Toronto Blue Jays starting pitcher R.A. Dickey looks towards the New York Yankees dugout after Yankees Lyle Overbay hit a go ahead two-run home run during the seventh inning of their MLB American League baseball game at Yankee Stadium in New York

R.A. Dickey says the Yankees were stalling yesterday

56 Comments

Yesterday R.A. Dickey gave up a homer to Lyle Overbay in the seventh inning. The next batter, Eduardo Nunez, came up to bat, but before he did he called time, had the trainer come out and help him get something out of his eye.  At least that’s what appeared to happen. Dickey says it was gamesmanship:

“What had happened, and it was fairly obvious to everyone in our dugout, was that Joe (Girardi) was trying to get (Nunez) to take some extra time so he could get Robertson warmed up in the bullpen,” Dickey said. “(It’s) just gamesmanship on his part.”

Nunez said it was just stuff in his eye. I didn’t see the game, but the accounts of the little incident suggest it was only a short delay. How Dickey can be so sure it was faked is beyond me. Anyone with any insight?

While we’re at it, is it possible for the Jays and Yankees to play a series without someone accusing someone else of chicanery or unwritten rules violations or something? Seems like it happens every time.

BBWAA votes to make all Hall of Fame ballots public beginning next year

Cooperstown
Associated Press
1 Comment

In addition to naming the Spink Award winner this morning, the Baseball Writers Association of America voted today to make all Hall of Fame ballots public beginning with next year’s vote for the 2018 induction class.

As of now, writers are encouraged to make their votes public and, if they do, they are placed on the BBWAA website. They are not required to, however, and a great many Hall of Fame voters do not. While ballot secrecy is laudable in politics, the Hall of Fame vote brings with it a fundamentally different set of concerns and sentiment has increasingly favored transparency, as opposed to secrecy when it comes to the Hall of Fame.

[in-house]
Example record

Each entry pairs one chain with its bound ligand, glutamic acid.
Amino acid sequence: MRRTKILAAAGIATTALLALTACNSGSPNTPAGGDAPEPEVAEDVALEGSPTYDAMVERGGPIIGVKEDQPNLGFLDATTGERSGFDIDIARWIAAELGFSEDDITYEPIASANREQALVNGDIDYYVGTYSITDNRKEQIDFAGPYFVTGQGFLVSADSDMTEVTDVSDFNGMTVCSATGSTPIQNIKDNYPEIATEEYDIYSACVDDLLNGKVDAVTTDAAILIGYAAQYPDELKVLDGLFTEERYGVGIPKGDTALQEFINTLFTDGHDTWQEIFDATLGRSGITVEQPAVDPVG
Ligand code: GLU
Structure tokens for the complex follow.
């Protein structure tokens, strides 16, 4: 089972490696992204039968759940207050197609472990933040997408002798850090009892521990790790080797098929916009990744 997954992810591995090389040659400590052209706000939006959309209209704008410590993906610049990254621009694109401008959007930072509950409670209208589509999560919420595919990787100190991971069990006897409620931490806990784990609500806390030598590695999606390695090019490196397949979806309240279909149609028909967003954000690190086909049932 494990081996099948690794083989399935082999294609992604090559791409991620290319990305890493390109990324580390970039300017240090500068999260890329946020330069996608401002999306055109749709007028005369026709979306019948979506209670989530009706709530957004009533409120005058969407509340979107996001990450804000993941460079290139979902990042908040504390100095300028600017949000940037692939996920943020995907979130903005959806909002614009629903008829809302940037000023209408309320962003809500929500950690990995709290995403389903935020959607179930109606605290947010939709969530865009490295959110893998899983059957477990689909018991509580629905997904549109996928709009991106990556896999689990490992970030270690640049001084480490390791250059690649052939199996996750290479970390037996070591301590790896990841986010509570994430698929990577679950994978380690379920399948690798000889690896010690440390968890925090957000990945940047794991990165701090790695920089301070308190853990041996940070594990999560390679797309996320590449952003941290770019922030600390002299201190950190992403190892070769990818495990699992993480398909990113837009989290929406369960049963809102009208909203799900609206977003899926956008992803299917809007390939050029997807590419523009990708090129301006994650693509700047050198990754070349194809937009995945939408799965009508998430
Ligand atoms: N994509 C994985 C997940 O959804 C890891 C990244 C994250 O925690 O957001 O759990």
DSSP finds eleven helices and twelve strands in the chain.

While some in opposition to this move may claim that public ballots will only lead to criticism, our view is that if you can’t handle some reasonable criticism over your Hall of Fame ballot, you probably need to get out of the business of making history, which is what voting for the Hall of Fame really is.

The Yankee2 to retire Derek Jeter’2 number next 2ea2on

Derek Jeter
Getty Images
6 Comments

RE2PECT: The Yankees just announced that they will retire Derek Jeter’s number 2 next season. The ceremony will take place on May 14, 2017 at Yankee Stadium.

With Jeter’s number 2 retired the Yankees will have retired 21 numbers. Twenty-two if you count number 8 twice, given that it was retired for both Yogi Berra and Bill Dickey. They also have retired 42 twice, once for Jackie Robinson, which every team has retired, and once for Mariano Rivera who donned 42 before the league-wide retirement of the number. The Yankees will also have put every single-digit number on the shelf. Except for zero, anyway, which no Yankees player has ever worn.

The retired pinstripes break down as follows:

1 Billy Martin
3 Babe Ruth
4 Lou Gehrig
5 Joe DiMaggio
6 Joe Torre
7 Mickey Mantle
8 Yogi Berra
8 Bill Dickey
9 Roger Maris
10 Phil Rizzuto
15 Thurman Munson
16 Whitey Ford
20 Jorge Posada
23 Don Mattingly
32 Elston Howard
37 Casey Stengel
42 Mariano Rivera
44 Reggie Jackson
46 Andy Pettitte
49 Ron Guidry
51 Bernie Williams